Once Upon a Time in the West

Once Upon a Time in the West


Wool Weaving Western Desert

  • Governorate: Western Desrt
  • City: Marsa Matrouh
  • Coordinates:   31.3543° N, 27.2373° E

Matrouh is part of the Western Desert Mediterranean Coastal Zone. Matrouh lies around 150 km west of the El-Alamein WWII battle site. Its main town, Marsa Matrouh is a small Mediterranean town known for its white sandy beaches and breathtaking clear blue waters. It was also made famous during WWII as the location of the Rommel, “The Desert Fox” camp site. 

Until recently, Marsa Matrouh had been a small market town where traders brought goods from Libya and trade was conducted with traders coming from Egypt’s Nile Valley. For the Bedouins living in this area, it offered an invaluable market as well as business for their tribes. With the discovery of Marsa Matrouh’s beautiful beaches however, the tourism industry began to grow as did the city itself.

The main craft that existed in Matrouh is wool weaving. As a result of the ample rain that the area receives, it is home to rich and fertile farms and livestock such as sheep. The wool extracted from these sheep formed  the basis of the wool weaving industry in Matrouh.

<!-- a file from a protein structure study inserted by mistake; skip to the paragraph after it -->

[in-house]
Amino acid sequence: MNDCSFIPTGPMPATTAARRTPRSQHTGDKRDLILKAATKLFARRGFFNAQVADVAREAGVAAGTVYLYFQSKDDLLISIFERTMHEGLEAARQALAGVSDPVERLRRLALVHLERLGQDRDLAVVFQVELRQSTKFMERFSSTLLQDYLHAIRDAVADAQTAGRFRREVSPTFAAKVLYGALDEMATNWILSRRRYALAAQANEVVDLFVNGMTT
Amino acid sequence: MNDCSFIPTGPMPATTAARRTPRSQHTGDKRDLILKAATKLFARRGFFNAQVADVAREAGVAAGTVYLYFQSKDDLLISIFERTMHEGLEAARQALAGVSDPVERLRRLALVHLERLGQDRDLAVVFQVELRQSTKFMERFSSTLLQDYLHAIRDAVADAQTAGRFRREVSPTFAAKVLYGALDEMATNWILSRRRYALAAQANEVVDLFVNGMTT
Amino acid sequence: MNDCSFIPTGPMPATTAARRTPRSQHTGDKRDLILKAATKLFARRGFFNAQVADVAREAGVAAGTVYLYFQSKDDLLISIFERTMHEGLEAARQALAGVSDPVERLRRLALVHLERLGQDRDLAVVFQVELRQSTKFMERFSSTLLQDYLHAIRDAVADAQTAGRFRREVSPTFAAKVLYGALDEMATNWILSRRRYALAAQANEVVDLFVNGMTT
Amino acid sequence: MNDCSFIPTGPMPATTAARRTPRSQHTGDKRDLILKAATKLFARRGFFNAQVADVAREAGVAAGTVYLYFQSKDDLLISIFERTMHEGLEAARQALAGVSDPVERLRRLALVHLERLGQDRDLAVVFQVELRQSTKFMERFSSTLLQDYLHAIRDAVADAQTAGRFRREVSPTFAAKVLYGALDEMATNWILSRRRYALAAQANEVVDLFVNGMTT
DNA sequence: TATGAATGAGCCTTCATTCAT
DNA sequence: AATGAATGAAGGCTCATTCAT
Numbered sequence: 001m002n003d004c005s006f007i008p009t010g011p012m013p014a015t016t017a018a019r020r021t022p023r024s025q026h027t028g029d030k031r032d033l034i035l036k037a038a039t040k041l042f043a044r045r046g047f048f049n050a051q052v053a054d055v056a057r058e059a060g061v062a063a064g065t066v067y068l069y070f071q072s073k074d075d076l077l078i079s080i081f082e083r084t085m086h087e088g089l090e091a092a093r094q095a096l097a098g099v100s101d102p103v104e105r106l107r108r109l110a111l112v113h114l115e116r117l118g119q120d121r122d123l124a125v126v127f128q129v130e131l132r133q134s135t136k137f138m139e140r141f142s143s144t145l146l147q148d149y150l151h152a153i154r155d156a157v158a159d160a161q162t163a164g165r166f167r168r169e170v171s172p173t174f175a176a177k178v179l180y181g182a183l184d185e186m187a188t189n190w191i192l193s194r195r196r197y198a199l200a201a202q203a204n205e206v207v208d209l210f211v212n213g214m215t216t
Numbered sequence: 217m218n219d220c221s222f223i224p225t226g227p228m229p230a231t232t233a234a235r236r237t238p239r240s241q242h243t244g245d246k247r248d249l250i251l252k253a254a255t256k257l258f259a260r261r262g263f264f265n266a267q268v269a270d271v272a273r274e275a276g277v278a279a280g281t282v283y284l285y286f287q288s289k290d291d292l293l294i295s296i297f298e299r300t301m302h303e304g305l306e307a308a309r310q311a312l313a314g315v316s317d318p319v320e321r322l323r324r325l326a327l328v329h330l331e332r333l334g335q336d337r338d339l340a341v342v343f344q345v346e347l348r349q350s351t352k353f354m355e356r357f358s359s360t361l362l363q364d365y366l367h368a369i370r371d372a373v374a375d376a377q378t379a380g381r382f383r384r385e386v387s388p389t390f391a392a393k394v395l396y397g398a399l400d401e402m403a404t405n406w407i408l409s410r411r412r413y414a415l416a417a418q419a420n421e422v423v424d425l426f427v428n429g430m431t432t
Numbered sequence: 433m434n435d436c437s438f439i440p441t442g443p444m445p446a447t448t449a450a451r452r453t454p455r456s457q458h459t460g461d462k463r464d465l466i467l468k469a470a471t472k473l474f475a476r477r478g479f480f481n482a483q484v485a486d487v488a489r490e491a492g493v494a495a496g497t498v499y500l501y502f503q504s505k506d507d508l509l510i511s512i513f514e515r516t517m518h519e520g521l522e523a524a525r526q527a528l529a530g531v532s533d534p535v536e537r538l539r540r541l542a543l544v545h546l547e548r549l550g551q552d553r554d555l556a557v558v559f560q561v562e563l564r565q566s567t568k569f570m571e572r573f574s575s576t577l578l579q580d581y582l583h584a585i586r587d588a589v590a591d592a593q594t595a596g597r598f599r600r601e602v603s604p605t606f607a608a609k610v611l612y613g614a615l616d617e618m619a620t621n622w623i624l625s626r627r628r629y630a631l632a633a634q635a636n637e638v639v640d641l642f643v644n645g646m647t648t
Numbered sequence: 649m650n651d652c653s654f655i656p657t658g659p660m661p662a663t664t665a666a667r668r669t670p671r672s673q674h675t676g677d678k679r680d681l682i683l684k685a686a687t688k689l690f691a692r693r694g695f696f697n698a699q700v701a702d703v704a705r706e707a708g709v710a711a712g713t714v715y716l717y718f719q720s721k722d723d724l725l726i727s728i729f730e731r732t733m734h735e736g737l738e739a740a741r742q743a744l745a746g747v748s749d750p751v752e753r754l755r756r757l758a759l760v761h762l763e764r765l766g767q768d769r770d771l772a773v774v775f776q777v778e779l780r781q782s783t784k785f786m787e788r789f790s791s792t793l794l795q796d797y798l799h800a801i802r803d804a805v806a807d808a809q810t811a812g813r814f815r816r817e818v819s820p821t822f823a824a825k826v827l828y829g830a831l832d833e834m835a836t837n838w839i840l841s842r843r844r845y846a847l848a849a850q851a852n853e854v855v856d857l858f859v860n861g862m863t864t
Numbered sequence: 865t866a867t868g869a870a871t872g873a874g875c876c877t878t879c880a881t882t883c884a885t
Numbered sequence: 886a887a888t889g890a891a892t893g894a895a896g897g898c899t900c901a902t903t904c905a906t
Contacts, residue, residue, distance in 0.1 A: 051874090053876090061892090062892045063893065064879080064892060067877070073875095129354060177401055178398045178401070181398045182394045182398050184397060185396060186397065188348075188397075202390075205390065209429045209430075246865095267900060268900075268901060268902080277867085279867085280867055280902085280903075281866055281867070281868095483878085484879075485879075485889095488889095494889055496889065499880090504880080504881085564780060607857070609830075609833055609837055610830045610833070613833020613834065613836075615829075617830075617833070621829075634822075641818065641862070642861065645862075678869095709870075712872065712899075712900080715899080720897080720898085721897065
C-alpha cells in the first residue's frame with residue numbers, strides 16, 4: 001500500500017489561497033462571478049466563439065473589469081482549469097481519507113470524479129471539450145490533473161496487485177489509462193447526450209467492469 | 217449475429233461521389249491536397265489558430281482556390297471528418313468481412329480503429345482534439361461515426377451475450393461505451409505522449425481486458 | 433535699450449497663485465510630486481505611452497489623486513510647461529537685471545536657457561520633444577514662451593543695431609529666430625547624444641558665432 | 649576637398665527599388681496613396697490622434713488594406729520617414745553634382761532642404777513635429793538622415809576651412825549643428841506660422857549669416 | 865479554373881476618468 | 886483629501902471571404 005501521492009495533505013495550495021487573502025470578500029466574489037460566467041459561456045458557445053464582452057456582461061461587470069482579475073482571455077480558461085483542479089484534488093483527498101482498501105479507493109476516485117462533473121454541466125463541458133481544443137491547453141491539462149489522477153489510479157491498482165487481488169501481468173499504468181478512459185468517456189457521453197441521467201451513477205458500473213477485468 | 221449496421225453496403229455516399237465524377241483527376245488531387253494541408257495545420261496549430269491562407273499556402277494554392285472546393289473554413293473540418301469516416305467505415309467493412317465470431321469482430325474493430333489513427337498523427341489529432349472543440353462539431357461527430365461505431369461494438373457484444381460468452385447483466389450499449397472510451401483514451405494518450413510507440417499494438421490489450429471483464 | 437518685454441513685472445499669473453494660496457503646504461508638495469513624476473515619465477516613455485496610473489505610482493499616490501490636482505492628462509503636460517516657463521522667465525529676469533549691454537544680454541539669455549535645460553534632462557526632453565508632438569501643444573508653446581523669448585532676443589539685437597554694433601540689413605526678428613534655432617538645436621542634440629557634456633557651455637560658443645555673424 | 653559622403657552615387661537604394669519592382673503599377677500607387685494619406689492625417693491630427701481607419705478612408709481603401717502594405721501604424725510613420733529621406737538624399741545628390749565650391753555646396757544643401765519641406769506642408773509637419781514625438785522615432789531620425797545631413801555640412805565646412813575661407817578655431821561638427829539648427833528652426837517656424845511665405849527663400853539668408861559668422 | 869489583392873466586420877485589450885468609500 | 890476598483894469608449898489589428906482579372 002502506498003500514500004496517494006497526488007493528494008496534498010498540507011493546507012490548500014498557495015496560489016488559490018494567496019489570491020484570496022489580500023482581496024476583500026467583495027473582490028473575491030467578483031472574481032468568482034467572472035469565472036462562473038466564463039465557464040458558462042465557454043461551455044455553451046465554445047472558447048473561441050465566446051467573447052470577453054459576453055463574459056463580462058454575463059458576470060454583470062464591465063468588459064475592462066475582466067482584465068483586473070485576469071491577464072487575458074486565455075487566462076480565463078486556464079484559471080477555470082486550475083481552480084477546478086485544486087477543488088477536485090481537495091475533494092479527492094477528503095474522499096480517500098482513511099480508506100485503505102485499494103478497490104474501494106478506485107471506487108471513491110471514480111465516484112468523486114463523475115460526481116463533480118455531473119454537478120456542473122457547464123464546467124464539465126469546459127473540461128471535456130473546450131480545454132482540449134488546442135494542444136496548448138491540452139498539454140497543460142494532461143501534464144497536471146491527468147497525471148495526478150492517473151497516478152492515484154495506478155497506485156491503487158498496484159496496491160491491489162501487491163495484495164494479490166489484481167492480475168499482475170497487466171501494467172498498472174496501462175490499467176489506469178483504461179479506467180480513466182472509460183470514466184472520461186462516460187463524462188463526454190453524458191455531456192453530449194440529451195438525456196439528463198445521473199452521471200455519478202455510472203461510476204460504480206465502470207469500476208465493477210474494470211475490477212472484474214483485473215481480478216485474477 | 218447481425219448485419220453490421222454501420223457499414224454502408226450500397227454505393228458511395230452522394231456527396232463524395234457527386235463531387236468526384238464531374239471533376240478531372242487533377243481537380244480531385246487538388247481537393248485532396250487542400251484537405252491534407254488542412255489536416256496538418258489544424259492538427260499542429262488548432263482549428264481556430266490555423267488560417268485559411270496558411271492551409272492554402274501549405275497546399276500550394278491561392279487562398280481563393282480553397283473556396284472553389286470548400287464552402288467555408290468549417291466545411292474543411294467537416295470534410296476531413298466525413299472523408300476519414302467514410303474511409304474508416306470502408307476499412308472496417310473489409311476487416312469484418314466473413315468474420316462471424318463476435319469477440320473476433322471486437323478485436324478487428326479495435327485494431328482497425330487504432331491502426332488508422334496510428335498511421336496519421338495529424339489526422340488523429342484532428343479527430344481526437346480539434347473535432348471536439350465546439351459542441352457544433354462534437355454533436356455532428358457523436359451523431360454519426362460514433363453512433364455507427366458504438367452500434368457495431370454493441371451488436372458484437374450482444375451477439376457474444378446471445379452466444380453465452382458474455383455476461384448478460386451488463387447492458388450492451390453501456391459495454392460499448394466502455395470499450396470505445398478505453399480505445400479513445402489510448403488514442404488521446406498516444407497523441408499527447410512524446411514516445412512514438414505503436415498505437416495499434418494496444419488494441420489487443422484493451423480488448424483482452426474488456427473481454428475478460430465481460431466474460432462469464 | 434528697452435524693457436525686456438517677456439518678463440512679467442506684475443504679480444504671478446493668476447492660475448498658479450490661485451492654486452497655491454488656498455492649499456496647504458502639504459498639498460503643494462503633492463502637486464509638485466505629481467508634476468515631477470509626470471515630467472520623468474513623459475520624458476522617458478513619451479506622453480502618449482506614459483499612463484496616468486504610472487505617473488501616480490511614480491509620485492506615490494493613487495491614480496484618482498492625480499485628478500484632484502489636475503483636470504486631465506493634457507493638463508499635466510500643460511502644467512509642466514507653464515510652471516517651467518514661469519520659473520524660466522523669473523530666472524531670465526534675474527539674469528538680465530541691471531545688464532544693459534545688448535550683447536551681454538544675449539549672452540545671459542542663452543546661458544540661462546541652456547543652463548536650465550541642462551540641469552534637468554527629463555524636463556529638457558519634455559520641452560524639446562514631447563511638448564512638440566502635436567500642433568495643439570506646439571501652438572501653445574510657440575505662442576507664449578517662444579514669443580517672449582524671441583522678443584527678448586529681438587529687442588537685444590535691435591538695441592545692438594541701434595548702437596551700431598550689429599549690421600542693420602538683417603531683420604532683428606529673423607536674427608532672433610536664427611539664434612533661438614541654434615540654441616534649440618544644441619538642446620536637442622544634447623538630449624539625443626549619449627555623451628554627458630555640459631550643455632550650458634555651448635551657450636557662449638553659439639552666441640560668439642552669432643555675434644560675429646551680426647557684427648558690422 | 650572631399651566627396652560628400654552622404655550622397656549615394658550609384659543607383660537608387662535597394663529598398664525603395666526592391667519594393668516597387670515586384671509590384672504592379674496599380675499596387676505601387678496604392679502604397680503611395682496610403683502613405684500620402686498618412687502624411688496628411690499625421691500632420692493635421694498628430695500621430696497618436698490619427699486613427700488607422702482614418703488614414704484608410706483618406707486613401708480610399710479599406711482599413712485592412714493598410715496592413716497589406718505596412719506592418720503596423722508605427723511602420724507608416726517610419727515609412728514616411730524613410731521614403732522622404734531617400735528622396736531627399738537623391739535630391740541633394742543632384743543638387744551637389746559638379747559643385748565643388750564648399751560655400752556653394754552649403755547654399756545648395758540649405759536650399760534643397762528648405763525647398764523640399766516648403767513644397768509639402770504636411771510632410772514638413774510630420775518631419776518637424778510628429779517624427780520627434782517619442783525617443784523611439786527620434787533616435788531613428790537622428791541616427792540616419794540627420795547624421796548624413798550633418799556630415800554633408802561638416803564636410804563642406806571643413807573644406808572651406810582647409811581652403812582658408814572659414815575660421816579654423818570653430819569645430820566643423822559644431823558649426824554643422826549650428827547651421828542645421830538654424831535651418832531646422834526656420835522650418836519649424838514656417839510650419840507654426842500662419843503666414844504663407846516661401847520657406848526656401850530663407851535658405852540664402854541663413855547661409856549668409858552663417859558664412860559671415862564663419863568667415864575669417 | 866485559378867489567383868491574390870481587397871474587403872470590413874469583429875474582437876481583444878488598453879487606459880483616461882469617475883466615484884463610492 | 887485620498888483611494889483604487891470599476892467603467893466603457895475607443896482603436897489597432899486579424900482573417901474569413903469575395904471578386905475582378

Wool production is seasonal, and relies on the rain cycle and the feeding patterns of sheep. The kind of loom used by the local residents of Matrouh is the traditional floor loom.


It is rather interesting to note that the patterns used to create the different range of wool carpets by the floor loom bared witness to the rich history of Matrouh itself. The patterns reflected the symbols representing every army that has set foot on this land from both World War I to World War II.

These patterns sometimes take the form of tire tracks resembling those made by German army tanks. Other patterns are said to represent the oil spills emanating from army trucks. These symbols, and the rich history and culture that they represent, are integrated into the actual patterns that formed the traditional wool carpets of Matrouh.

According to markaz-team observations during the past 25 years, the amount of wool spinners, wool weavers and wool carpet users have decreased dramatically. Today the wool weaving tradition in the western desert with exception to very few hidden Artisans, is to be unfortunately considered extinct.

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